Castle of Chaos

Like “Asylum 49,” “Castle of Chaos” does not have the spectacle of the first two haunts on this list. It does however have a refreshing variety of attractions.

The main event is their entirely underground haunted house that can be experienced in five different “levels of fear.” These range from level one, where monsters and scare actors avoid coming too close during the haunt, to level five which is 18+ and allows the scare actors to touch, move, threaten and restrain you.

Another attraction offered at this location is the “chaos escape rooms.” These escape rooms are each themed with horror movie scenarios. There’s “Serial Killer Escape” where you must find the way out of the “grotesque lair” of a murderer who has kidnapped you. Their newest room is the “Nightmare Realm” where you clash with iconic 80s slasher Freddy Kruger and bump into a few other familiar horror faces. “Castle of Chaos” offers something different for those looking for something new and exciting.


Who needs Universal Studios’ “Halloween Horror Nights” when we have our own amusement park of terror with Lagoon’s “Frightmares.”

Here, guests can find ten spooky events and attractions to attend, some of which are kid-friendly. For families visiting, they can enjoy the “Spook-A-Boo Walk-Thru” or “Treat Street.” Here younger guests can meet friendly, fall-themed characters.

For braver folks, the “Fun House of Fear” and “Streetmosphere” offer scares without lasting effects, leaning more odd and absurd than frightening. Those looking to spend the night screaming have haunted houses such as the “Malevolent Mansion” and the vampire-infested “Nightwalk” to enjoy. There is also an interactive “Seance” show made to fill audiences with fear. “Frightmares” is a must while celebrating Fall in Utah.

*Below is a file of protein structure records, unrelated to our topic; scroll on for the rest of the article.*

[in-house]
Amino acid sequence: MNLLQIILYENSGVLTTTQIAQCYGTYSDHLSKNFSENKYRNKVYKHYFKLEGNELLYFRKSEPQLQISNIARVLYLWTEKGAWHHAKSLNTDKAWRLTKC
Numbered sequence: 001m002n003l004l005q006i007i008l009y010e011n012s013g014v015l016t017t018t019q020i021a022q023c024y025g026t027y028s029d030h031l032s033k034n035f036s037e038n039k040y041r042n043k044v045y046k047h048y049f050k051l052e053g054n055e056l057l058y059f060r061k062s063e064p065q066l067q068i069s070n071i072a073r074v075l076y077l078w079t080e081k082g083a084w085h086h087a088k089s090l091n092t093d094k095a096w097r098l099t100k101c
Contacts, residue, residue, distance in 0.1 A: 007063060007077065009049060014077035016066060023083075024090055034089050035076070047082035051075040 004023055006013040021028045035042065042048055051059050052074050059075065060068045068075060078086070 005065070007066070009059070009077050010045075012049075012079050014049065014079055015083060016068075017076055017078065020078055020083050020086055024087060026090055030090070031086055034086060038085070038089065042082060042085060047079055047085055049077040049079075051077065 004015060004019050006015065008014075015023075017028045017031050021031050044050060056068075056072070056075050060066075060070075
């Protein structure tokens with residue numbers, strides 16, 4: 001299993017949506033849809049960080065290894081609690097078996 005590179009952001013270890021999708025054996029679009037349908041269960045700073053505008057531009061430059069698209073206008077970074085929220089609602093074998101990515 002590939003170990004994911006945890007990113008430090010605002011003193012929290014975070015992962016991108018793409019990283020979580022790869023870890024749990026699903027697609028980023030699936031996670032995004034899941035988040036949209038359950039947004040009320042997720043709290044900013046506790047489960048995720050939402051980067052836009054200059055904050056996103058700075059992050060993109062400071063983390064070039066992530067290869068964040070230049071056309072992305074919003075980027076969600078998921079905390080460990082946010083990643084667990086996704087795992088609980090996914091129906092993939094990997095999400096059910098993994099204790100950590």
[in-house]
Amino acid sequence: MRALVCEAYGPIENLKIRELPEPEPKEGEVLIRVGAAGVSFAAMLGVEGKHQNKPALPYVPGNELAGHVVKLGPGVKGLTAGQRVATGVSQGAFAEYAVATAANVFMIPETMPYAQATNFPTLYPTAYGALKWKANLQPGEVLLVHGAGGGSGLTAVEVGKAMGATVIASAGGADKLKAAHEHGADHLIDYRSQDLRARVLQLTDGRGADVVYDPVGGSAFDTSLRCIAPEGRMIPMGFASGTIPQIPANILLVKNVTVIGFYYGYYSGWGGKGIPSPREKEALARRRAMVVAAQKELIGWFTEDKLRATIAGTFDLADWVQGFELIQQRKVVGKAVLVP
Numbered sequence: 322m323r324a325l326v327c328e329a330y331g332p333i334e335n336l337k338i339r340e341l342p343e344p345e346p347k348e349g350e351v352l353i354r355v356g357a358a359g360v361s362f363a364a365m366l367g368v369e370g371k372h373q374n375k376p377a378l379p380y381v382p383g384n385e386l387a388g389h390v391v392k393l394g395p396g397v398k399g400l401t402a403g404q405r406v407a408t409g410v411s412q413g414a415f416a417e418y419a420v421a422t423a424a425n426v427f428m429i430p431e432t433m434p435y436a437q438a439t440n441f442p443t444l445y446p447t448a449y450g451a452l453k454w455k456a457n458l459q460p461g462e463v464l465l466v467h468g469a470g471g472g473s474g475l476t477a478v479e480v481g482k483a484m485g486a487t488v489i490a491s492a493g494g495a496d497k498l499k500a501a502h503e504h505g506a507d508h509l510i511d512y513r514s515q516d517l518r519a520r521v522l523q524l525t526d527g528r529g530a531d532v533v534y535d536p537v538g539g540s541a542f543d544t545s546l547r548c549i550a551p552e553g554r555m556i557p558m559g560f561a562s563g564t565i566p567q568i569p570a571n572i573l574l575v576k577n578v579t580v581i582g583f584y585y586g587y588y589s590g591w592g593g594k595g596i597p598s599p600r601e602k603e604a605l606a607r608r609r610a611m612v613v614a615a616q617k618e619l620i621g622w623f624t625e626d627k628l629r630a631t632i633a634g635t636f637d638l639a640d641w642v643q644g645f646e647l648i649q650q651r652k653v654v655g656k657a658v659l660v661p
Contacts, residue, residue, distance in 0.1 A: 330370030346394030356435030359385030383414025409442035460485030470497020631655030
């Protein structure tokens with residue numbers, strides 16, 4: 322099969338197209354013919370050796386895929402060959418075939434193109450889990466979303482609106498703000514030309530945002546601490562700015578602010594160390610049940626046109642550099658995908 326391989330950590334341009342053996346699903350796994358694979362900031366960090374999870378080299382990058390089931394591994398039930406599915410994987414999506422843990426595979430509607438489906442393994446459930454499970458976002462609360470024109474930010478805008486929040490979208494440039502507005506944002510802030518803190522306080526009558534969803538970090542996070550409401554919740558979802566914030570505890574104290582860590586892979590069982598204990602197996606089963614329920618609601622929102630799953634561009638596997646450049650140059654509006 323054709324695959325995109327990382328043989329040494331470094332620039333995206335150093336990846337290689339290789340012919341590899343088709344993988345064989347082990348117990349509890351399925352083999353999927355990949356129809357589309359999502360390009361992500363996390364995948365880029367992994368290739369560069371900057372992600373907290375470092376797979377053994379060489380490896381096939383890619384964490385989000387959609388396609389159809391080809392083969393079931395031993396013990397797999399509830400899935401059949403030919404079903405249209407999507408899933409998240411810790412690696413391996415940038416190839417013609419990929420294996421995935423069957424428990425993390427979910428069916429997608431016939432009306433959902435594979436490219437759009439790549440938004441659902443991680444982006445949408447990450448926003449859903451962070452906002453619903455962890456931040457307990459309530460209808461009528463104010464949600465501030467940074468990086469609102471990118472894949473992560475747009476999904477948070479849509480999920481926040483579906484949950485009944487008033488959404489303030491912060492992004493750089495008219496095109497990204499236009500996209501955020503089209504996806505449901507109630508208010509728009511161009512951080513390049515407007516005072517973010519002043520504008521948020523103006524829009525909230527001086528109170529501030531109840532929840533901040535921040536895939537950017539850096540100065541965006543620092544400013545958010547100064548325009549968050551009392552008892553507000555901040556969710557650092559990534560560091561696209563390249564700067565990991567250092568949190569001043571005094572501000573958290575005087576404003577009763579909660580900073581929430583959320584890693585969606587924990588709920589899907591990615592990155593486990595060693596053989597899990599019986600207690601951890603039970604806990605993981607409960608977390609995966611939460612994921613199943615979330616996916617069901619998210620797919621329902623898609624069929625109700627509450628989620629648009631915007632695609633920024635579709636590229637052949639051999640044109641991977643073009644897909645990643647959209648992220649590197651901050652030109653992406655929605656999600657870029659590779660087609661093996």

With so many different options, there’s no excuse not to visit at least one scary attraction this Autumn season. So, before the snow of Winter comes to haunt us all, enjoy each jump, shriek and scream you can get.


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About the Contributors
Graham Jones, Arts Writer, News For U Producer
Graham Jones was born and raised in Portland, Oregon and moved to Utah to study film. Despite his passion for cinema, Graham joined the Chronicle to engage with the University of Utah community and pursue his love for journalism. Outside of the student media office, Graham can be found buried deep into the pages of a graphic novel or lip-syncing to the greatest hits of the 60s, 70s and 80s.
Mary Allen, Design Director
(she/her) Born and raised in Salt Lake City, Mary is thrilled to be here at the University of Utah studying graphic design. She feels very lucky to get to rub shoulders with the talented people that make up the team here at the Chronicle and is learning a lot from them every day. Other than making things look cute, Mary’s passions include music, pickleball, Diet Coke, wildlife protection, and the Boston Red Sox.